Why is NZ earthquake territory?
New Zealand receives frequent earthquakes in a year. Just on February 10, 2011 alone, the country already experienced 4 earthquakes with magnitude ranging from 2.8-4.0. The reason for this is the position of New Zealand in the world’s map. It is located on the border of Australian and Pacific plates which makes it prone to earthquakes.
Looking at the geographical location of New Zealand it belongs in the Pacific Ring of Fire. This is where hundreds of volcanoes, oceanic trenches, and plate movements are located. Almost 90% of the world’s earthquakes happen in the Ring of Fire.
The Ring of Fire houses plate tectonics and collisions of plates. The motion of the plates causes small earthquakes occurring frequently. New Zealand happens to have the strongest concentration of volcanoes. These volcanoes are usually located under the sea. Once these volcanoes, erupt earthquakes can be felt.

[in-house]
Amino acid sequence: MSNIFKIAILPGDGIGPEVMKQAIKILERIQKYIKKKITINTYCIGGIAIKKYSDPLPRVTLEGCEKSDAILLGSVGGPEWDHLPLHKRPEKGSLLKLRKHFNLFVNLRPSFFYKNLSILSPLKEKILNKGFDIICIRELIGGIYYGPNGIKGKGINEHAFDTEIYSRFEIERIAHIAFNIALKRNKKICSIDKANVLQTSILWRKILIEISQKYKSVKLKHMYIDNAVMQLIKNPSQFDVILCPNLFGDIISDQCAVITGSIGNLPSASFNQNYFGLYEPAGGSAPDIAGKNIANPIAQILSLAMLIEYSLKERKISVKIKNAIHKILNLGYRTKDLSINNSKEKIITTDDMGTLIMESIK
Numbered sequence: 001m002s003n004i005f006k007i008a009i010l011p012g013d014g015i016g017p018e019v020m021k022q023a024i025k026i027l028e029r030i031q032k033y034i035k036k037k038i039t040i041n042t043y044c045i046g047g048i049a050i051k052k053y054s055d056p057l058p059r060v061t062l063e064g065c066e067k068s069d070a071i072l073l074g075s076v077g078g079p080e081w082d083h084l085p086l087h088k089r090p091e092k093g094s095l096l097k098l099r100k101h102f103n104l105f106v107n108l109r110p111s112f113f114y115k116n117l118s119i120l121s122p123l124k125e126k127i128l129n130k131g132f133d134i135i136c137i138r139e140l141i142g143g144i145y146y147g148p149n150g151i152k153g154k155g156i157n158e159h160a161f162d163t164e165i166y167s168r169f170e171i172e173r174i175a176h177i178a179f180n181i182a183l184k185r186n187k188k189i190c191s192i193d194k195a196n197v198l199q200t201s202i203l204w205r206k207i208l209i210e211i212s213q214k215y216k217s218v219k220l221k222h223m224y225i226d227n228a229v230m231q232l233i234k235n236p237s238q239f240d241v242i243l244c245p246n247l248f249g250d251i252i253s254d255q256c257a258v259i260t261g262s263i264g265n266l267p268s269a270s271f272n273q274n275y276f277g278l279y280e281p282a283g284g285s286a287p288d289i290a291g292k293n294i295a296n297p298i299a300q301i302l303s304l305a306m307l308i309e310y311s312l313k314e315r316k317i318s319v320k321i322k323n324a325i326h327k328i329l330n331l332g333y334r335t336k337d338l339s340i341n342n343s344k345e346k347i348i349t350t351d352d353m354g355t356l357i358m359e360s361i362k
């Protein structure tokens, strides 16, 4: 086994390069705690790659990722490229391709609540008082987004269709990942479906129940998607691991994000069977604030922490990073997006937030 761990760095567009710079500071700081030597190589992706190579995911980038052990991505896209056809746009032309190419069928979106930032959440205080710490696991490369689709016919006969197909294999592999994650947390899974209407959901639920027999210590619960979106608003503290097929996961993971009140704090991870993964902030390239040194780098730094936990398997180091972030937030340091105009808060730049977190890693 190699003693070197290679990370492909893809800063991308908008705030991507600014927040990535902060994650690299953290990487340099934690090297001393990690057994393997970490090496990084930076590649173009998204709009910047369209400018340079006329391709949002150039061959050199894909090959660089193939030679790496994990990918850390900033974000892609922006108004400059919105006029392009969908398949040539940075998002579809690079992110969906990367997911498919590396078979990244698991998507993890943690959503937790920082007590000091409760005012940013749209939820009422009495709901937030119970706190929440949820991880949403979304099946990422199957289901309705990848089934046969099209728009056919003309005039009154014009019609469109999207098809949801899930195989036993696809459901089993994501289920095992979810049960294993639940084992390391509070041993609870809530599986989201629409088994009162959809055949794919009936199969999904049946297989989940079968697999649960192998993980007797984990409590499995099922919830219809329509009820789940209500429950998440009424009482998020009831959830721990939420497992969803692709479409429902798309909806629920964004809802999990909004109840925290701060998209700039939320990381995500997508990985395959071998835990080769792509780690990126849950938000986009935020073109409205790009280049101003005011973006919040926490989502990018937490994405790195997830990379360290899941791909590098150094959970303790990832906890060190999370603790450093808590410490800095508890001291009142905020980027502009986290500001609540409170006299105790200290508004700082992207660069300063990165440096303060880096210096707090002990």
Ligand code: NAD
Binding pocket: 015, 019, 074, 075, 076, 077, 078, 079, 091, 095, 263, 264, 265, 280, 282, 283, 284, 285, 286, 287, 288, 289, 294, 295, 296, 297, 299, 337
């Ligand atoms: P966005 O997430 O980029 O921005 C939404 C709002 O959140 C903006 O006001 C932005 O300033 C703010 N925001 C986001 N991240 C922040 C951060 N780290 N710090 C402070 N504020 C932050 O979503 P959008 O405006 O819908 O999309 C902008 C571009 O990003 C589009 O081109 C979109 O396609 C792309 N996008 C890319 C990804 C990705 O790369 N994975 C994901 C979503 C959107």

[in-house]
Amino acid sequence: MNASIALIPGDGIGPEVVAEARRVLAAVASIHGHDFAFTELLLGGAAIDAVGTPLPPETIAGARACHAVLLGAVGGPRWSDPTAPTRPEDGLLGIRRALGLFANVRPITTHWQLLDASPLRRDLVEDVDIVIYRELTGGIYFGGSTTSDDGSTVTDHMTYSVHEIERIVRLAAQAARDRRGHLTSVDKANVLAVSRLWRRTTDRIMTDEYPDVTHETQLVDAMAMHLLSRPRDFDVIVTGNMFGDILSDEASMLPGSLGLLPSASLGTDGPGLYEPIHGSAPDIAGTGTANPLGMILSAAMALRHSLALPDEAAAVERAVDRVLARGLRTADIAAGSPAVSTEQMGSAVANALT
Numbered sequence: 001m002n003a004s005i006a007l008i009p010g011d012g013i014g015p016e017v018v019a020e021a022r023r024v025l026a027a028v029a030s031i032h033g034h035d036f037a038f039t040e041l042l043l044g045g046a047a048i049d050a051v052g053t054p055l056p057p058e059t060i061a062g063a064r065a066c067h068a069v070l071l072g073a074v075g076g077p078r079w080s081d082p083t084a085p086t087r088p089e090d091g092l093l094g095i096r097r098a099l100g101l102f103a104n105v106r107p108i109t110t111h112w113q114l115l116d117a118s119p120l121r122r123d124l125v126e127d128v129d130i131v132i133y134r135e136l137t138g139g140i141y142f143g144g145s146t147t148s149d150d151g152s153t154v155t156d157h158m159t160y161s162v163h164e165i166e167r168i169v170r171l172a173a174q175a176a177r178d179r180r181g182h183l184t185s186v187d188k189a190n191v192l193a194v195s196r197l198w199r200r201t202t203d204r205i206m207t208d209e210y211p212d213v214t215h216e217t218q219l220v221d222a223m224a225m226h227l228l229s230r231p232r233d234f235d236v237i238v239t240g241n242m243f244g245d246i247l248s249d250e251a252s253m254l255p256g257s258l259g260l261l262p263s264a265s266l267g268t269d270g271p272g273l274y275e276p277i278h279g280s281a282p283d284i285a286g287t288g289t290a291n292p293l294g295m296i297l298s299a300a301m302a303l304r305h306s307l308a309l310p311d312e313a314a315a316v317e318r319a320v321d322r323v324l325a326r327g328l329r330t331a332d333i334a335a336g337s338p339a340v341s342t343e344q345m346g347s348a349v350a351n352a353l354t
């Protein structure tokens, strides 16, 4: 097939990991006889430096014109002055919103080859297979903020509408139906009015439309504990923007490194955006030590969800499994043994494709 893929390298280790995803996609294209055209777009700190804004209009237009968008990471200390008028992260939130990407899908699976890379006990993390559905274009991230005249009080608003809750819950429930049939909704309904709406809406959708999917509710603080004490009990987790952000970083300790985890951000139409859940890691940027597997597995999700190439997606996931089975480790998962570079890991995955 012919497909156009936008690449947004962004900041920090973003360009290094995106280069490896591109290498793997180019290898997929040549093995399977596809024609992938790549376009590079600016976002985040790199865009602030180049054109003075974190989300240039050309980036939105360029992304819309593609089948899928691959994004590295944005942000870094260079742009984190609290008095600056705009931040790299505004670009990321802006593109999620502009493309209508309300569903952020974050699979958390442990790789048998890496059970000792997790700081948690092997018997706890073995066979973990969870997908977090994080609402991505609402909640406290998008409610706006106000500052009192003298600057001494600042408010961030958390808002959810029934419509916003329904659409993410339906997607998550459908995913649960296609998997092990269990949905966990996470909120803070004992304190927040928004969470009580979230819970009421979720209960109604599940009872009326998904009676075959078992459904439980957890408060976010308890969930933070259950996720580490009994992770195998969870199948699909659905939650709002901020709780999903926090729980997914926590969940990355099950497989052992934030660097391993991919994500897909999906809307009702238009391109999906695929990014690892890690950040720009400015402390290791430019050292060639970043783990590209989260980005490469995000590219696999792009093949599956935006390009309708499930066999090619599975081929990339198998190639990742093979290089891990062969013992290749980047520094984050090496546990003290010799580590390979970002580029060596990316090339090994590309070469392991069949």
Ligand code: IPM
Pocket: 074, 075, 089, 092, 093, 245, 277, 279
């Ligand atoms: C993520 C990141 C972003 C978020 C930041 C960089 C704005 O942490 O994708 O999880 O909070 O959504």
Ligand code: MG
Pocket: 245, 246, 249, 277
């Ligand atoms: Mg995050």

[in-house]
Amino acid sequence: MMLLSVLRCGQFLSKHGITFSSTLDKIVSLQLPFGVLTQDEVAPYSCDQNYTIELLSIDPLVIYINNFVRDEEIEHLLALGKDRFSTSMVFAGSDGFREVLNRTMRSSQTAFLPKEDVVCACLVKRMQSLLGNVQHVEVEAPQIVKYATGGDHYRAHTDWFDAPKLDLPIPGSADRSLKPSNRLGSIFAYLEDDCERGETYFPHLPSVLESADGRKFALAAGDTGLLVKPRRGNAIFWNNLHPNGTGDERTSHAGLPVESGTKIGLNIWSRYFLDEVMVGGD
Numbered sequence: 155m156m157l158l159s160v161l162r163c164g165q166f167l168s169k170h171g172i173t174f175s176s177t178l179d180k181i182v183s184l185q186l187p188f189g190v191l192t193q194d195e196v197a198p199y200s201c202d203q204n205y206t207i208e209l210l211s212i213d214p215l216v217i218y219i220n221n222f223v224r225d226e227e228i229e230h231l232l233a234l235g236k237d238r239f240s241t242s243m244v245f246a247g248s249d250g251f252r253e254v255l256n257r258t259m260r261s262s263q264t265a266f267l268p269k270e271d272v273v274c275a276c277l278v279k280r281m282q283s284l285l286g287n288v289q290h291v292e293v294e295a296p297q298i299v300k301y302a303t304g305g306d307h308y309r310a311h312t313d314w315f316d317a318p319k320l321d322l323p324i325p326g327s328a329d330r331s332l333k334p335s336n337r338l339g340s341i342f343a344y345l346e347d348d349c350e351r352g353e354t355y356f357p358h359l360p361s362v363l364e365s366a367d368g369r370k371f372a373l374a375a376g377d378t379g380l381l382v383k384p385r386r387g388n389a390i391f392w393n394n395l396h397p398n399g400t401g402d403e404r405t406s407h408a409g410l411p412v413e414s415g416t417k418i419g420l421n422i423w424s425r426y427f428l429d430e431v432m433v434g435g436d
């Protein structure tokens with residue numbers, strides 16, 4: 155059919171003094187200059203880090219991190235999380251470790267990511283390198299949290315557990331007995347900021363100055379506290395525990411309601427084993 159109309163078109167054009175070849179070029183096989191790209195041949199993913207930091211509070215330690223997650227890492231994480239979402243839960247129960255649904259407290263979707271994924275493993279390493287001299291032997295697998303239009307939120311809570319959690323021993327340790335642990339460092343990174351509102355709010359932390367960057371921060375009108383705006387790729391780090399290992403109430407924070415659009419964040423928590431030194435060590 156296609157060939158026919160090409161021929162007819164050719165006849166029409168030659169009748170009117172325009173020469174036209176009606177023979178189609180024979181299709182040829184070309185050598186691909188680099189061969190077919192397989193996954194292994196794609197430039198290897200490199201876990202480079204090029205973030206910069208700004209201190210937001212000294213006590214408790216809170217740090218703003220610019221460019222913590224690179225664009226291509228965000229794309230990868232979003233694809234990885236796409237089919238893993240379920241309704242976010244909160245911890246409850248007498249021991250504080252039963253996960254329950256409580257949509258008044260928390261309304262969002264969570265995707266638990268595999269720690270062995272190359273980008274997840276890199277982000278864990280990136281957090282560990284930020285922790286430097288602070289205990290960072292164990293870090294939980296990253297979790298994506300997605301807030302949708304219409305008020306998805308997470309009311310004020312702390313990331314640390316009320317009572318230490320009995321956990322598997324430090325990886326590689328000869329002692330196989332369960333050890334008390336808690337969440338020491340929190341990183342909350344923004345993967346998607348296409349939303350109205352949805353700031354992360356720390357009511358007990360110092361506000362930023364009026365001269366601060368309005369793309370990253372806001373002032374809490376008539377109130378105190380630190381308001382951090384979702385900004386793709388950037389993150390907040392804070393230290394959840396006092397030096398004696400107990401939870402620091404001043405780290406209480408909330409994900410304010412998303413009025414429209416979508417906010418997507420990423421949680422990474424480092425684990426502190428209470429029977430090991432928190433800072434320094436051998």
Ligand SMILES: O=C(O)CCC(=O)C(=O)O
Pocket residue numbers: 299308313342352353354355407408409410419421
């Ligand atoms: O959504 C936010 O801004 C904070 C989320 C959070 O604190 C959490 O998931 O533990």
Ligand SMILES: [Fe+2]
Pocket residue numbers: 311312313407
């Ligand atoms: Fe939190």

Records show that New Zealand experiences 14,000 earthquakes in a year. Some could not be felt but almost a hundred of these earthquakes can be felt. With the use of seismograph, earthquakes in New Zealand can be tallied according to its magnitude and location. The belt stretching from Fiordland to East Cape receives most earthquakes because it is the pattern of the Ring of Fire. The shallow earthquakes are spread throughout the country.
Just recently on September 2010, New Zealand experienced one of its biggest earthquakes after 80 years with a magnitude of 7.1. It occurred around Christchurch. The earthquake caused a lot of damage plus a new fault line. Aftershocks were then felt having magnitude higher than 5. The earthquake was destructive because it is very shallow, only 10 kilometers deep. The city was extremely damaged so a state of emergency was declared. In 1931, a strong earthquake in Napier also destroyed the city having hundreds of people dead.